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Onions: Causing More Damage Than Just Watery Eyes




Indian traders check the quality of onions at the Agricultural Produce Market Committee (APMC) in Ahmedabad on December 21, 2010. India suspended exports of onions, a key food staple, after prices of the vegetable soared, adding to the government's inflation woes. (Sam Panthaky/AFP/Getty Images)

Indian traders check the quality of onions at the Agricultural Produce Market Committee (APMC) in Ahmedabad on December 21, 2010. India suspended exports of onions, a key food staple, after prices of the vegetable soared, adding to the government's inflation woes. (Sam Panthaky/AFP/Getty Images)

A shortage of onions in India may cause more harm than just hunger.

Did you know that rising costs of vegetables like onions in a country like India could actually help bring down the national government? In 2004, high prices of commodities like onions in Indian cuisine made that happen. In 1998, Delhi's chief minister was forced to resign when he suggested poor people should "give up onions" when prices escalated. And today, the rising cost of this tear-jerking vegetable may cause a backlash from buyers again. 

The rise in prices of onions in India has been blamed on unusually heavy rains in growing areas, according to the BBC. Prices have more than doubled since last week, jumping from 35 rupees per kilogram to 70 rupees ($1.55) this week. In an attempt to prevent a further shortage from taking place, the government has temporarily suspended exporting onions. Instead, Delhi and other northern states are getting help from neighboring Pakistan to help bring the zing back to their curries with about 350 tons of imported onions.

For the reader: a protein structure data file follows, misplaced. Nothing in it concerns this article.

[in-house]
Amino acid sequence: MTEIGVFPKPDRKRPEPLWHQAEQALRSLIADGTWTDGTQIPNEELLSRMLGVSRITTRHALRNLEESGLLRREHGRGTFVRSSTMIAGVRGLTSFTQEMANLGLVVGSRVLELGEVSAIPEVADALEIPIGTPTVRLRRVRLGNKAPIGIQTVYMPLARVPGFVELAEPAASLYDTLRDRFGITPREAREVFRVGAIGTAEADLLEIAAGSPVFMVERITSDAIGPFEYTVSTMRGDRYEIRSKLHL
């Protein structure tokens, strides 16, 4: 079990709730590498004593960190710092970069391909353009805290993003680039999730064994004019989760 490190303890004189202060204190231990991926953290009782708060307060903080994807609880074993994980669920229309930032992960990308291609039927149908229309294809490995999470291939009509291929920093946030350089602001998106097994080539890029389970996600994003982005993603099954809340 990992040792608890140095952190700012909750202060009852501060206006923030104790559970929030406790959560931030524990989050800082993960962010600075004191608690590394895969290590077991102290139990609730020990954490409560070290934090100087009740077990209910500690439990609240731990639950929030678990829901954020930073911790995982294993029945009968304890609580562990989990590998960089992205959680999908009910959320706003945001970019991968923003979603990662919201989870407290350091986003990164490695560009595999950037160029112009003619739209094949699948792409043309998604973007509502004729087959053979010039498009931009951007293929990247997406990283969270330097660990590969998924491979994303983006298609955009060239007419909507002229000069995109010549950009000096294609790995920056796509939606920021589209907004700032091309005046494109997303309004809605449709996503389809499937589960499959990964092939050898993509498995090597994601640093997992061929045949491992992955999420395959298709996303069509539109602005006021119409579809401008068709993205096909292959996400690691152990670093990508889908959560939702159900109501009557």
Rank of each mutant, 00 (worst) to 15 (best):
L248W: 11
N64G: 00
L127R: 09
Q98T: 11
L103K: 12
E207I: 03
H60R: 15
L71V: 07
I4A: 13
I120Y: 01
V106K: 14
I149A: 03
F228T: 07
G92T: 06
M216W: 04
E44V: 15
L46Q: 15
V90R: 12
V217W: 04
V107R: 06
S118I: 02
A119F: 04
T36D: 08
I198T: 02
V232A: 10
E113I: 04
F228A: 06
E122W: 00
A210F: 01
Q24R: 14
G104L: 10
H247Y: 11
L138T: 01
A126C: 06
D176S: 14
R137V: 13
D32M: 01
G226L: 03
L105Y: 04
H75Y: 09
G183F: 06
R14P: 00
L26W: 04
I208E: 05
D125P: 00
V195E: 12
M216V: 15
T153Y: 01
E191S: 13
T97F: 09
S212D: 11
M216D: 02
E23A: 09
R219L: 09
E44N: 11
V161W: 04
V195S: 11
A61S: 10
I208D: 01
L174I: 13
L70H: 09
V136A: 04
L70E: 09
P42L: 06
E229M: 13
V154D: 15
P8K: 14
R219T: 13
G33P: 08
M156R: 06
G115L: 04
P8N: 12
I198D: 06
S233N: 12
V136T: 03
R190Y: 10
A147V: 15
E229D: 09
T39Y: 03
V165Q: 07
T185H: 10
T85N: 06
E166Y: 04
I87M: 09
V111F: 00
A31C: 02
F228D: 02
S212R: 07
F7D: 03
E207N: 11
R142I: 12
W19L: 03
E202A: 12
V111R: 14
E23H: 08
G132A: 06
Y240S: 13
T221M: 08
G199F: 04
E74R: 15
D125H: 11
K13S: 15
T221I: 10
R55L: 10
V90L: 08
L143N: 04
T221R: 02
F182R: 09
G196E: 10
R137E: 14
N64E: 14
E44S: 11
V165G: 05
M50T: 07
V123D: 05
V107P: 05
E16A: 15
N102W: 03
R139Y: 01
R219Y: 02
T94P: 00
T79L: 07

Onions are a staple ingredient in Indian cuisine. A ground onion paste is used as a base to most meat and vegetarian curries. But one Delhi restauranteur said onions were so expensive he would no longer give them away as side dish accompaniment with kebabs, reports the Telegraph.  

But according to Agriculture Minister Sharad Pawar, this curry crisis may come to a halt within the next two to three weeks. 

Here's hoping Pakistani onions will do more than just wipe tears in India. Peace and negotiation, anyone?

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